Received July 21, 2016; Revision received November 28, 2016
One of the differences between normal and cancer cells is lower pH of the extracellular space in tumors. Low pH in the extracellular space activates proteases and stimulates tumor invasion and metastasis. Tumor cells display higher level of the HIF1α transcription factor that promotes cell switch from mitochondrial respiration to glycolysis. The terminal product of glycolysis is lactate. Lactate formation from pyruvate is catalyzed by the specific HIF1α-dependent isoform of lactate dehydrogenase A. Because lactate accumulation is deleterious for the cell, it is actively exported by monocarboxylate transporters. Lactate is cotransported with proton, which acidifies the extracellular space. Another protein that contributes to proton concentration increase in the extracellular space is tumor-specific HIF1α-dependent carbonic anhydrase IX, which generates a proton in the reaction between carbon dioxide and water. The activity of Na+/H+ exchanger (another protein pump) is stimulated by stress factors (e.g. osmotic shock) and proliferation stimuli. This review describes the mechanisms of proton pump activation and reviews results of studies on effects of various proton pump inhibitors on tumor functioning and growth in cell culture and in vivo. The prospects of combined application of proton pump inhibitors and cytostatics in cancer therapy are discussed.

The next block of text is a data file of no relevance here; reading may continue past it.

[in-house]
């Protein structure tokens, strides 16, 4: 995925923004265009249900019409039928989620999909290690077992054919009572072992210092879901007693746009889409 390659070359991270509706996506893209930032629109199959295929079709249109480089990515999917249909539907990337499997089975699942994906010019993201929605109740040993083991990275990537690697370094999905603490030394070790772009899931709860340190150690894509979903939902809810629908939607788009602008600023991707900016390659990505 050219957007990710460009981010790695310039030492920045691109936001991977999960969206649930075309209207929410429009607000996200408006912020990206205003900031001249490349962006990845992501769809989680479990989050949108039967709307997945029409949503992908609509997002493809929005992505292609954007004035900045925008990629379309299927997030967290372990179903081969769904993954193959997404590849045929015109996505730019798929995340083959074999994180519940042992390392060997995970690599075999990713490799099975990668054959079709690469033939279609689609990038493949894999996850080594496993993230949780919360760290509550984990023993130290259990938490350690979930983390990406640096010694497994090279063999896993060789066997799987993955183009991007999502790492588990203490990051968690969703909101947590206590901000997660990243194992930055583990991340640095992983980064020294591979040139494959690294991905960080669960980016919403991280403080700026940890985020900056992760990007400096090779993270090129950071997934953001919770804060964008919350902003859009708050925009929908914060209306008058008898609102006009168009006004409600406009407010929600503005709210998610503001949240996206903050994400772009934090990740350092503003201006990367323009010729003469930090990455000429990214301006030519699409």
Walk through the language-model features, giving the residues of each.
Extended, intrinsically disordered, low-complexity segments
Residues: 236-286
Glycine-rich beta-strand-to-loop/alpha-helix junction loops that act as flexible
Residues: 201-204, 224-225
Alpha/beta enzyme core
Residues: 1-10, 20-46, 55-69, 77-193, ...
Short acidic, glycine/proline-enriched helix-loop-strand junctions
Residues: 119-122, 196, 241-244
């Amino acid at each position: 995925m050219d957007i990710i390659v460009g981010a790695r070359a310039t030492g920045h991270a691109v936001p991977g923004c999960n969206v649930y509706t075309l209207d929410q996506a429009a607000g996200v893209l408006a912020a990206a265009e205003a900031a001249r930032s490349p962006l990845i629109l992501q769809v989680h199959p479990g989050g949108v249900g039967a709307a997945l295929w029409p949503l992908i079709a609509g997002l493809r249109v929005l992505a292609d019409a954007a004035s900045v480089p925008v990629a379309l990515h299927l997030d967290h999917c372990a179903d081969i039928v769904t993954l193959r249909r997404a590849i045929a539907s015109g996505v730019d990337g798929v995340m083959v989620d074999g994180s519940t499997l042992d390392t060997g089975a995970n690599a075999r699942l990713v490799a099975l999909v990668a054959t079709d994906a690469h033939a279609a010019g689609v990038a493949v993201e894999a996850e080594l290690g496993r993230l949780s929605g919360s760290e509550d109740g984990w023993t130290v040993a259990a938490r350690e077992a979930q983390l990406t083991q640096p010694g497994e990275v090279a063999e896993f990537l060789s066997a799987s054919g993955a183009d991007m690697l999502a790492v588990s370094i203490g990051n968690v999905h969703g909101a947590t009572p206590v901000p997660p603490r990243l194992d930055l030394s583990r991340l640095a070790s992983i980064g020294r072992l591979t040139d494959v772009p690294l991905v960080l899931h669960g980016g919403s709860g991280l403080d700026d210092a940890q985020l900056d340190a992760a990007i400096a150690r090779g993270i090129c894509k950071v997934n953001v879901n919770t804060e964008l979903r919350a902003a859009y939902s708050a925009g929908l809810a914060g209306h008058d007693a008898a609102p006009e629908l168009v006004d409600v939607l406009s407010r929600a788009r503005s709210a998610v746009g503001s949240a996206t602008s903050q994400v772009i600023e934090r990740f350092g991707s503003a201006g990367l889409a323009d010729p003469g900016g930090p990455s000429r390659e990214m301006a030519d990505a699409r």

KEY WORDS: invasion, metastasis, lactate dehydrogenase, monocarboxylate transporters, carbonic anhydrase, Na+/H+ exchanger, hypoxia, HIF1α